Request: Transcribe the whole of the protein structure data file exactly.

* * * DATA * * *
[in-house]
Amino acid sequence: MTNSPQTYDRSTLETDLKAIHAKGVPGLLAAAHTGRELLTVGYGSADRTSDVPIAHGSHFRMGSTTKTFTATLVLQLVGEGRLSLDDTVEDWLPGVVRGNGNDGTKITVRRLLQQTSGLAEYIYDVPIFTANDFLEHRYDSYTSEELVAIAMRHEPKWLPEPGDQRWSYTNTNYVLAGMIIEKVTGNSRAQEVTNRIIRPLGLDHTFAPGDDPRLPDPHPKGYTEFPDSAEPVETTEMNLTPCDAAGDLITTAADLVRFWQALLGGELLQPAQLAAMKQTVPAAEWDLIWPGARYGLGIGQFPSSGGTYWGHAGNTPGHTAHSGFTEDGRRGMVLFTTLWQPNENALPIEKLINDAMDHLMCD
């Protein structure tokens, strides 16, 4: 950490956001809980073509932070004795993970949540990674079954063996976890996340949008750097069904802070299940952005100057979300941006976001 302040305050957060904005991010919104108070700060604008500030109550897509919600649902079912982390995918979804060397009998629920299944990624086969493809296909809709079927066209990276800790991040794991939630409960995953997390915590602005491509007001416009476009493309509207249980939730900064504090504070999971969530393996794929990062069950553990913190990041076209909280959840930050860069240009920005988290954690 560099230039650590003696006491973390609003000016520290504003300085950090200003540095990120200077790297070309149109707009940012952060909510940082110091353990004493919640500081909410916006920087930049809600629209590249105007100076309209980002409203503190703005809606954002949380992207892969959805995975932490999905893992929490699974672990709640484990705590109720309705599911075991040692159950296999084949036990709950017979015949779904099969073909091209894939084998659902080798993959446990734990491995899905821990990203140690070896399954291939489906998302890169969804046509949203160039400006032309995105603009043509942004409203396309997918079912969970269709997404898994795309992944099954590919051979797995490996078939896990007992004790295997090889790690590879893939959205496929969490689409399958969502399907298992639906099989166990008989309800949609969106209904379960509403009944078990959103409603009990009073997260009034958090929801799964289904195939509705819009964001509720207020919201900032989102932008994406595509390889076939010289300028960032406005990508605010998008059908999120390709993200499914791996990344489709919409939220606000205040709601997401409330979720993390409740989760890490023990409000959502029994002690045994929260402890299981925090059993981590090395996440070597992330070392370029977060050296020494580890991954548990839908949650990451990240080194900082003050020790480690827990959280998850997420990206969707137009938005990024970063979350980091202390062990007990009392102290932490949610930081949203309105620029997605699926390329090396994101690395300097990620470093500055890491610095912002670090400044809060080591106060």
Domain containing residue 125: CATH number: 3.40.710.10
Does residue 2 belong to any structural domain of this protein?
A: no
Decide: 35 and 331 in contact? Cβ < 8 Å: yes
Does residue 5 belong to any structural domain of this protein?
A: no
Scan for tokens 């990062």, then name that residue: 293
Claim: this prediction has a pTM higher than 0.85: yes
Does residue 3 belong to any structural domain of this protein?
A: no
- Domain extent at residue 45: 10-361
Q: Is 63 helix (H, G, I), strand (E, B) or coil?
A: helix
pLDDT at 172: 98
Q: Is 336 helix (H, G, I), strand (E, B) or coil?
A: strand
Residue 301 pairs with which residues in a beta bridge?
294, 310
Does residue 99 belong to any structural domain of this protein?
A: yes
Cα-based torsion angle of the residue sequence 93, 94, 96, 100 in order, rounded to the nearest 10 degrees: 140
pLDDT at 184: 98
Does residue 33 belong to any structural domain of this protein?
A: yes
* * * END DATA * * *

[in-house]
Amino acid sequence: MTNSPQTYDRSTLETDLKAIHAKGVPGLLAAAHTGRELLTVGYGSADRTSDVPIAHGSHFRMGSTTKTFTATLVLQLVGEGRLSLDDTVEDWLPGVVRGNGNDGTKITVRRLLQQTSGLAEYIYDVPIFTANDFLEHRYDSYTSEELVAIAMRHEPKWLPEPGDQRWSYTNTNYVLAGMIIEKVTGNSRAQEVTNRIIRPLGLDHTFAPGDDPRLPDPHPKGYTEFPDSAEPVETTEMNLTPCDAAGDLITTAADLVRFWQALLGGELLQPAQLAAMKQTVPAAEWDLIWPGARYGLGIGQFPSSGGTYWGHAGNTPGHTAHSGFTEDGRRGMVLFTTLWQPNENALPIEKLINDAMDHLMCD
């Protein structure tokens, strides 16, 4: 950490956001809980073509932070004795993970949540990674079954063996976890996340949008750097069904802070299940952005100057979300941006976001 302040305050957060904005991010919104108070700060604008500030109550897509919600649902079912982390995918979804060397009998629920299944990624086969493809296909809709079927066209990276800790991040794991939630409960995953997390915590602005491509007001416009476009493309509207249980939730900064504090504070999971969530393996794929990062069950553990913190990041076209909280959840930050860069240009920005988290954690 560099230039650590003696006491973390609003000016520290504003300085950090200003540095990120200077790297070309149109707009940012952060909510940082110091353990004493919640500081909410916006920087930049809600629209590249105007100076309209980002409203503190703005809606954002949380992207892969959805995975932490999905893992929490699974672990709640484990705590109720309705599911075991040692159950296999084949036990709950017979015949779904099969073909091209894939084998659902080798993959446990734990491995899905821990990203140690070896399954291939489906998302890169969804046509949203160039400006032309995105603009043509942004409203396309997918079912969970269709997404898994795309992944099954590919051979797995490996078939896990007992004790295997090889790690590879893939959205496929969490689409399958969502399907298992639906099989166990008989309800949609969106209904379960509403009944078990959103409603009990009073997260009034958090929801799964289904195939509705819009964001509720207020919201900032989102932008994406595509390889076939010289300028960032406005990508605010998008059908999120390709993200499914791996990344489709919409939220606000205040709601997401409330979720993390409740989760890490023990409000959502029994002690045994929260402890299981925090059993981590090395996440070597992330070392370029977060050296020494580890991954548990839908949650990451990240080194900082003050020790480690827990959280998850997420990206969707137009938005990024970063979350980091202390062990007990009392102290932490949610930081949203309105620029997605699926390329090396994101690395300097990620470093500055890491610095912002670090400044809060080591106060």
Domain containing residue 125: CATH number: 3.40.710.10
Does residue 2 belong to any structural domain of this protein?
A: no
Decide: 35 and 331 in contact? Cβ < 8 Å: yes
Does residue 5 belong to any structural domain of this protein?
A: no
Scan for tokens 């990062």, then name that residue: 293
Claim: this prediction has a pTM higher than 0.85: yes
Does residue 3 belong to any structural domain of this protein?
A: no
- Domain extent at residue 45: 10-361
Q: Is 63 helix (H, G, I), strand (E, B) or coil?
A: helix
pLDDT at 172: 98
Q: Is 336 helix (H, G, I), strand (E, B) or coil?
A: strand
Residue 301 pairs with which residues in a beta bridge?
294, 310
Does residue 99 belong to any structural domain of this protein?
A: yes
Cα-based torsion angle of the residue sequence 93, 94, 96, 100 in order, rounded to the nearest 10 degrees: 140
pLDDT at 184: 98
Does residue 33 belong to any structural domain of this protein?
A: yes